Next, assume that the vendor of your non-gnu operating system begins releasing packages that write to /usr/local.  How would you feel about that?

Now, consider that we are running linux.  What's the difference?

Assume that we have concluded that /usr/local is for stand-alone systems only and that shared/distributed installs should go somewhere else instead.  What happens when this location becomes popular? Won't you also need to put your perl search paths there too?

Comment 8 Elliott Forney 2011-10-03 23:53:51 UTC
Finally, here is a quote from the Filesystem Hierarchy Standard http://www.pathname.com/fhs/pub/fhs-2.3.html about /usr/local:

"It needs to be safe from being overwritten when the system software is updated. It may be used for programs and data that are shareable amongst a group of hosts, but not found in /usr"

Note the word "shareable."  Here is a quote about /srv:

"This main purpose of specifying this is so that users may find the location of the data files for particular service, and so that services which require a single tree for readonly data, writable data and scripts (such as cgi scripts) can be reasonably placed."

I believe the standard speaks for itself.

Comment 9 Petr Pisar 2011-10-24 13:01:26 UTC
Created attachment 529865 [details]
Auto-create site directories

perl-5.14.2-196.fc17 does not own the directories. It just prints notice on installation.

Iain does not like the notice. This patch tries to create and remove the directories if possible. Thus users with read-only /usr/local gets the message.
However the patch is obtrusive (from my point of view) and I'm not sure it works in all cases. Feel free to test it or propose better code implementing this automatism.

I'm not confident to push this patch into repositories. Personally I like current always-notice without touching file system because it's simple and give advice in all cases.

Comment 10 Iain Arnell 2011-10-24 13:28:08 UTC
Iain's a lot happier about the notice now that he'll (hopefully) never see it.

Comment 11 Ralf Corsepius 2011-10-24 13:38:09 UTC
And Ralf's finds Petr's changes to be absurd.

Comment 12 Tom "spot" Callaway 2011-10-24 13:44:18 UTC
It does seem like perl-CPAN should try to create /usr/local/ directories as needed (not in the package, but upon execution of CPAN) instead of this hackery.

Comment 13 Petr Pisar 2011-10-24 14:08:15 UTC
Of course perl-CPAN should do it. Question is what about users installing packages manually? Even without cpan utilities?

I thought some notice at perl-libs installation could be great. However nobody seems to like it. Removing all %post* code from spec file is the easiest solution. Is everybody satisfied with silent perl-libs?

Comment 14 Tom "spot" Callaway 2011-10-24 14:22:42 UTC
I don't think that is a case for concern. I think if users installing from CPAN aren't having problems, and we know that users installing custom RPM perl packages they've made that install into /usr/local will not have problems (RPM will make the necessary directories), then we're only worried about manual unpacking of tarballs or weird relocatable RPM issues (which we already don't support for a number of reasons).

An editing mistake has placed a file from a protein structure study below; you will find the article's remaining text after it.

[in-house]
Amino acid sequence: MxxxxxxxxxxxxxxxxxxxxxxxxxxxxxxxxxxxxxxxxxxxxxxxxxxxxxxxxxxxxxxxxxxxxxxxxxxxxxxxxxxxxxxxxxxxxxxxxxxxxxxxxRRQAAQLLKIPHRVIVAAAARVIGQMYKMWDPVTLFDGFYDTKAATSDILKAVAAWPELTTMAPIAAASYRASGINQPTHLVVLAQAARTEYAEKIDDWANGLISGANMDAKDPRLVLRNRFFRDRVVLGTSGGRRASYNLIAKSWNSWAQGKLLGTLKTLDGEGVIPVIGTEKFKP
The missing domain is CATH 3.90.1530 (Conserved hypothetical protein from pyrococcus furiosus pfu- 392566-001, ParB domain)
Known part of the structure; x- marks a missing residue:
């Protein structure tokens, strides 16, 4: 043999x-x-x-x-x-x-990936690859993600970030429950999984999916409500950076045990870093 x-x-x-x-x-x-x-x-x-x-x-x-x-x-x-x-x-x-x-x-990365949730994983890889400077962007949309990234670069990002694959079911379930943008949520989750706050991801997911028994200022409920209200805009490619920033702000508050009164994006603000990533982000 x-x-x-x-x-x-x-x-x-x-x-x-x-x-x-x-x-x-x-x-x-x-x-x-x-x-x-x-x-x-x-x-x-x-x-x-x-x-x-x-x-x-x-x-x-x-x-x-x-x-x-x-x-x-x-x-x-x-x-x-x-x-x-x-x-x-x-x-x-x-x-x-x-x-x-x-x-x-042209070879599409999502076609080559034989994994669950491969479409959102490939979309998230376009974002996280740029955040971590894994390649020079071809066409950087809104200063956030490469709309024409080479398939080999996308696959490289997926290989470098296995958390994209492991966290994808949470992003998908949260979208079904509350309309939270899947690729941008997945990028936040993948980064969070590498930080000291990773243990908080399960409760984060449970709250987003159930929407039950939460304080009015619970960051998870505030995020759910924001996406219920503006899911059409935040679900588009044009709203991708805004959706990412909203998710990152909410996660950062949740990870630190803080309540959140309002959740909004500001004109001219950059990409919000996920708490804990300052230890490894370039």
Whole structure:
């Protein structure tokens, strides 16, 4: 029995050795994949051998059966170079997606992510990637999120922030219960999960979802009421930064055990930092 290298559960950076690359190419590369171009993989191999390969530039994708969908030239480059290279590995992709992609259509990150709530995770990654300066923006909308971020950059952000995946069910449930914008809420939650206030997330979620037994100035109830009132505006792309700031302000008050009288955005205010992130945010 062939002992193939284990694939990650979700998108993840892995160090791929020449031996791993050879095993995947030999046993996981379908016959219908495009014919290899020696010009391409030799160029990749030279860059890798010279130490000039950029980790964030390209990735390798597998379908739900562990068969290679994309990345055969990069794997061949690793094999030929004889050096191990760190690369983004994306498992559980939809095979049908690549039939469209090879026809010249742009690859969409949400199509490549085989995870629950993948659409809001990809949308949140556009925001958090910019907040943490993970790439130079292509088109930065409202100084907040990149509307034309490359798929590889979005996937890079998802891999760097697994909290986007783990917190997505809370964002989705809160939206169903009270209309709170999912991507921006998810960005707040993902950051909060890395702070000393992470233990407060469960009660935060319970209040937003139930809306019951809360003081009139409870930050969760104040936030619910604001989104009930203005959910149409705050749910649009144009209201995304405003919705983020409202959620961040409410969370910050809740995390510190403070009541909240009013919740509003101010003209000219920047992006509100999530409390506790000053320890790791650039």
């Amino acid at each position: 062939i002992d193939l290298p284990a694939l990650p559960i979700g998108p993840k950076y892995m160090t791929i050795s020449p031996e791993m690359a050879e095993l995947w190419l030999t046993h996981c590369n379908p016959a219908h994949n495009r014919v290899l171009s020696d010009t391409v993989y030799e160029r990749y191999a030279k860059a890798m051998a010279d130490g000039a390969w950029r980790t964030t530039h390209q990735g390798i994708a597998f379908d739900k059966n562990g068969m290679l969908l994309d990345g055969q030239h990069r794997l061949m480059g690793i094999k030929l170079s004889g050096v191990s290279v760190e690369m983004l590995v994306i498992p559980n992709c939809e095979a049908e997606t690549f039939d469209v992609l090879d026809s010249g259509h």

I think it is perfectly acceptable for the perl package to simply not own dirs in /usr/local and not print out anything about it.

Now, if there is an issue where perl is trying to index/search pathing below /usr/local which does not exist and perl is having a problem as a result, that seems like a separate bug that should be addressed in perl itself.

Comment 15 Petr Pisar 2011-10-24 16:18:37 UTC
The message will be removed in perl-5.14.2-198.fc17.

Comment 16 Fedora Update System 2011-11-02 12:26:18 UTC
perl-5.14.2-189.fc16 has been submitted as an update for Fedora 16.
https://admin.fedoraproject.org/updates/perl-5.14.2-189.fc16

Comment 17 Fedora Update System 2011-11-02 17:54:12 UTC
Package perl-5.14.2-189.fc16:
* should fix your issue,
* was pushed to the Fedora 16 testing repository,
* should be available at your local mirror within two days.
Update it with:
# su -c 'yum update --enablerepo=updates-testing perl-5.14.2-189.fc16'
as soon as you are able to.
Please go to the following url:
https://admin.fedoraproject.org/updates/FEDORA-2011-15276
then log in and leave karma (feedback).

Comment 18 Fedora Update System 2011-11-03 21:52:53 UTC
Package perl-5.14.2-190.fc16:
* should fix your issue,
* was pushed to the Fedora 16 testing repository,
* should be available at your local mirror within two days.
Update it with:
# su -c 'yum update --enablerepo=updates-testing perl-5.14.2-190.fc16'
as soon as you are able to.
Please go to the following url:
https://admin.fedoraproject.org/updates/FEDORA-2011-15276
then log in and leave karma (feedback).

Comment 19 Fedora Update System 2011-11-04 15:41:15 UTC
perl-5.12.4-163.fc15 has been submitted as an update for Fedora 15.
https://admin.fedoraproject.org/updates/perl-5.12.4-163.fc15

Comment 20 Petr Pisar 2011-11-04 15:45:47 UTC
F14 not affected.

Comment 21 Elliott Forney 2011-11-10 21:25:06 UTC
Thanks all!  I think this is the appropriate solution.

Comment 22 Fedora Update System 2011-11-13 05:36:09 UTC
perl-5.14.2-190.fc16 has been pushed to the Fedora 16 stable repository.  If problems still persist, please make note of it in this bug report.

Comment 23 Fedora Update System 2011-11-25 02:01:28 UTC
perl-5.12.4-163.fc15 has been pushed to the Fedora 15 stable repository.  If problems still persist, please make note of it in this bug report.